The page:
Mollino the Rationalist
by Fulvio and Napoleone Ferrari
In the early 1940s Carlo Mollino went through a radical change in his interior designs. From the very surreal and nocturnal projects of the late 1930s he shifted to the idea of what he called “the forest of an apartment with a biological camp of furniture”.
Mollino began developing organic furniture forms—extraordinarily animated wooden sculptures to inhabit his interiors. But looking at the spatial constructions of these apartments, their whole organization is strictly geometrical. Entire walls, fixtures, and service elements are all part of a rigorous composition defined by orthogonal straight lines. Only curtains soften these lines and black and white etchings of forests covering some walls break the overall geometrical rhythm, but still they are always framed and domesticated.
Mollino’s interiors live off this contrast between the fragmented linear composition of the volume and the nervy presence of the ‘mobiles’ (in Italian the word mobile means both furniture and mobile). It is also a contrast of materials....or perhaps a symphony: pure white marble, ivory painted metal, natural wood, gold and black lacquer, mirrors, creamy colours fabrics, shiny brass.
While the furniture is amazingly lively, it is at the same time extremely important that the fixtures are geometrically perfect; quality always mattered to Mollino, he was constantly choosing the best craftsmen which were not lacking in the ‘working’ town of Turin. Further, the composition had to be ‘exact’, like a law regulating nature, otherwise everything would collapse. Mollino understood that little details were fundamental to enhancing his forms. If the overall effect is far from the feeling of minimalism, the care for precision is the same as is the meaningful abstraction of the single forms of objects, both likely influences of traditional Japanese design.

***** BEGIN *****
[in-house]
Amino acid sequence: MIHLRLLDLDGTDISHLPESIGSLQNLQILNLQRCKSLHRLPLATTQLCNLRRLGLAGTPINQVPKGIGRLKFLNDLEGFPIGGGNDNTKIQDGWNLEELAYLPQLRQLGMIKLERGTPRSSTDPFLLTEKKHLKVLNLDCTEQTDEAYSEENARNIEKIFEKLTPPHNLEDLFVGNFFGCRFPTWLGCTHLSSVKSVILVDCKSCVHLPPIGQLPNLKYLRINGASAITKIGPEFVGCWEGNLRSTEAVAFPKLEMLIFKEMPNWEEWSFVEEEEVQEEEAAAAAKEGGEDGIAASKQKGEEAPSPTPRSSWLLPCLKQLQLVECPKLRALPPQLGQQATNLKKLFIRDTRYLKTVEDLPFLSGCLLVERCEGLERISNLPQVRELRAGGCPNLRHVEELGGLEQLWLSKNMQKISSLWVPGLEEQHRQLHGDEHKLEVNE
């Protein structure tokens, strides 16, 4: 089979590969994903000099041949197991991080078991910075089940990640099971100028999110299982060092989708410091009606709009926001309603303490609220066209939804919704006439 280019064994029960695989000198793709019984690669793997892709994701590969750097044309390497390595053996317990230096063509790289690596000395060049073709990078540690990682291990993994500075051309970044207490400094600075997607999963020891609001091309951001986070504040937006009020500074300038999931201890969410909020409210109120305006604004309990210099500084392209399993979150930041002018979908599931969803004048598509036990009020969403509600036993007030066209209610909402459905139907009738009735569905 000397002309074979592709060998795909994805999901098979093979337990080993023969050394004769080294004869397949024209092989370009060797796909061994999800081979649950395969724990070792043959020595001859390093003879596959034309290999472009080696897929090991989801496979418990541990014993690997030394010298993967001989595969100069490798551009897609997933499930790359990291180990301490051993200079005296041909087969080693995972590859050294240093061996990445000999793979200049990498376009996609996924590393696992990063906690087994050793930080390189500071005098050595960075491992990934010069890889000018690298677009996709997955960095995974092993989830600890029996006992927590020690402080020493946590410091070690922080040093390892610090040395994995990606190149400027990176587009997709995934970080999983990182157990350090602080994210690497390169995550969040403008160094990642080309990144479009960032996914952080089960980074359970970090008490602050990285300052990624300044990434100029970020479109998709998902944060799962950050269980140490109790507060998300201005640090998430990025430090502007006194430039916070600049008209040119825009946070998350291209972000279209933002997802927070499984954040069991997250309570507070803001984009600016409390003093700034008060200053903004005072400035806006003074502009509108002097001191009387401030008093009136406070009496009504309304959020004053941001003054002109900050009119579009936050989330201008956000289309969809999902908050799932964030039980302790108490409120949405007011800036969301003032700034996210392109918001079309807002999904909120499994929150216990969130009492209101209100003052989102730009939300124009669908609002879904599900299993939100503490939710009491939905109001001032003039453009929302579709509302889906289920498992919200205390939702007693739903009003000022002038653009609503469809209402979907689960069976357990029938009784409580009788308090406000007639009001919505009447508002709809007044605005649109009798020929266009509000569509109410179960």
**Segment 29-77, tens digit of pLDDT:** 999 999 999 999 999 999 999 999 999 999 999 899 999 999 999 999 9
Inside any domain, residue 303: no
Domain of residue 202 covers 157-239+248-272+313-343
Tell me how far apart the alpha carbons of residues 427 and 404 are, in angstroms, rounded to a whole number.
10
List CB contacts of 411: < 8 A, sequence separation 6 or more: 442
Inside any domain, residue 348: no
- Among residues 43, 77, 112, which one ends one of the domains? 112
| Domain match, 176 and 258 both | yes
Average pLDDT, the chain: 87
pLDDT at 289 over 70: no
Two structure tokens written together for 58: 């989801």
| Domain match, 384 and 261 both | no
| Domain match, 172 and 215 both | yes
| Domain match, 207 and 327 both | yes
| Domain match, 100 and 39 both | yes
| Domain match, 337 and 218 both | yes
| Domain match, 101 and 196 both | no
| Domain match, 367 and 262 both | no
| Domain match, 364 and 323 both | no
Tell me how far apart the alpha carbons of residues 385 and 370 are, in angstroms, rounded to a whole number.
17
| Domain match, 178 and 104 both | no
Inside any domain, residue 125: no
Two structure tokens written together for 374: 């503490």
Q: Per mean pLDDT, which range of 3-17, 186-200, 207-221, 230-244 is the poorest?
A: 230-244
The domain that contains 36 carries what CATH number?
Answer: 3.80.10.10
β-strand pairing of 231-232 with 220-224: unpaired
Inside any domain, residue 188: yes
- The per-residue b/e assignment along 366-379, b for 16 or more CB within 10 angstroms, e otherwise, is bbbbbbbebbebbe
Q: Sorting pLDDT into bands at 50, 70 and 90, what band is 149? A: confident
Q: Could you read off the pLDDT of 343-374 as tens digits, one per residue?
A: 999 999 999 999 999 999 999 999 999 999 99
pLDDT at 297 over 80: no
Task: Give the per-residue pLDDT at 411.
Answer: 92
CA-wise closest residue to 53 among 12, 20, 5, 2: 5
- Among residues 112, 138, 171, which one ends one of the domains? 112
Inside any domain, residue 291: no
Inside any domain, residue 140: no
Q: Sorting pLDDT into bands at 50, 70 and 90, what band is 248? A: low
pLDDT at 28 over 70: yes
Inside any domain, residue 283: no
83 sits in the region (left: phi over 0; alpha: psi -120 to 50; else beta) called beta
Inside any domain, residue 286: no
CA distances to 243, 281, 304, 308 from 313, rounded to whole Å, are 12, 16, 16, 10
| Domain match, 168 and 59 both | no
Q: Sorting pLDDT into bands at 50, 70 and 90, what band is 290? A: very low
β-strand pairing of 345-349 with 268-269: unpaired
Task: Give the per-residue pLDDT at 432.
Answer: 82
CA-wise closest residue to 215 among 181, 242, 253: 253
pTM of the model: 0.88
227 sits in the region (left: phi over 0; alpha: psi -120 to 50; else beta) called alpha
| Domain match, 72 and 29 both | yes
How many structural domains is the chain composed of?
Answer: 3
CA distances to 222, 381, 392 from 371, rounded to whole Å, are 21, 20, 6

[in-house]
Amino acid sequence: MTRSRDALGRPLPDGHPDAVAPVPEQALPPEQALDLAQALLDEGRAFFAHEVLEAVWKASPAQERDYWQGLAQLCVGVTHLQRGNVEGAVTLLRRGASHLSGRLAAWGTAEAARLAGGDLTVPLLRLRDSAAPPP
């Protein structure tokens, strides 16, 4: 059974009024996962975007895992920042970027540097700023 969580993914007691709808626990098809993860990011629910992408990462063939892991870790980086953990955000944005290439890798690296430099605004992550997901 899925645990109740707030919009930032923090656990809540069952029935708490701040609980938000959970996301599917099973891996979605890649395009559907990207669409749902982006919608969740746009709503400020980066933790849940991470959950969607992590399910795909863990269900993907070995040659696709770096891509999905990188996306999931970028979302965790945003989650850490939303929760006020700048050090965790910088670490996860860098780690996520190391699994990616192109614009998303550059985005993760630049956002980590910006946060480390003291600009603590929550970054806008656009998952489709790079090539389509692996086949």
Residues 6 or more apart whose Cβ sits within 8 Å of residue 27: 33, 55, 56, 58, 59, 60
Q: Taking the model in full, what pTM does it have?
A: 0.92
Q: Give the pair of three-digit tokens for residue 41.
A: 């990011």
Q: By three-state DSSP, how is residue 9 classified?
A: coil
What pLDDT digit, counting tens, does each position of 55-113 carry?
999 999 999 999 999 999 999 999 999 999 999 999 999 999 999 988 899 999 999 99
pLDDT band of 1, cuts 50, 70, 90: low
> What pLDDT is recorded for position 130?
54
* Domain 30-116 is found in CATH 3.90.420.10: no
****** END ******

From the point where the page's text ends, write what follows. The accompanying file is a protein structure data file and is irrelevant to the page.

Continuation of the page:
"...when a piece of furniture becomes unwelcome, it simply disappears into the wall." - Carlo Mollino
In 1949 Mollino published an essay on interior decoration in Domus magazine. In it he refers to the Japanese house in these terms: “a clear rhythm of light partitions heralds the magical possibilities of retreat, designed as perfectly as an egg, in which all material circumstances had disappeared, or rather been transfigured into grace; no slumming doors or unsynchronised routines and no speed save for that of their fabled dragons. These spaces, modulated by the standard mats, seem suspended in space and free from the constraints of gravity...the Japanese, the animal and the spiritual, are reflected in the sacred proportions of a basic geometric harmony, steadfast yet always mobile...when a piece of furniture becomes unwelcome, it simply disappears into the wall”.
With the cabinet from Casa Cattaneo and the console from Casa Minola we also see the influence of traditional Japanese design on Mollino’s works. Take for instance the Cattaneo House cabinet, a well ordered and surprising function hidden in the composition of the complete room uniformly covered with a pinstripe made of Italian red larch and buttoned with the hundreds of polished brass studs. The organization is typical of Mollino, the vertical elements in the space giving a metaphysical pattern to the surface concentrating its vigour as if a mantra. It is evident at the same time that the Minola House shelf belongs to the complex composition of the entire dining room. The polygonal chain that limits the Minola House shelf is a carefully determined line, and a characteristic Mollino form. Unfortunately its original study does not survive but it’s easy to imagine its genesis looking at one of his architectural sketches for a shelf where the shape is configured after a series of trials as the artist slowly focuses his expression.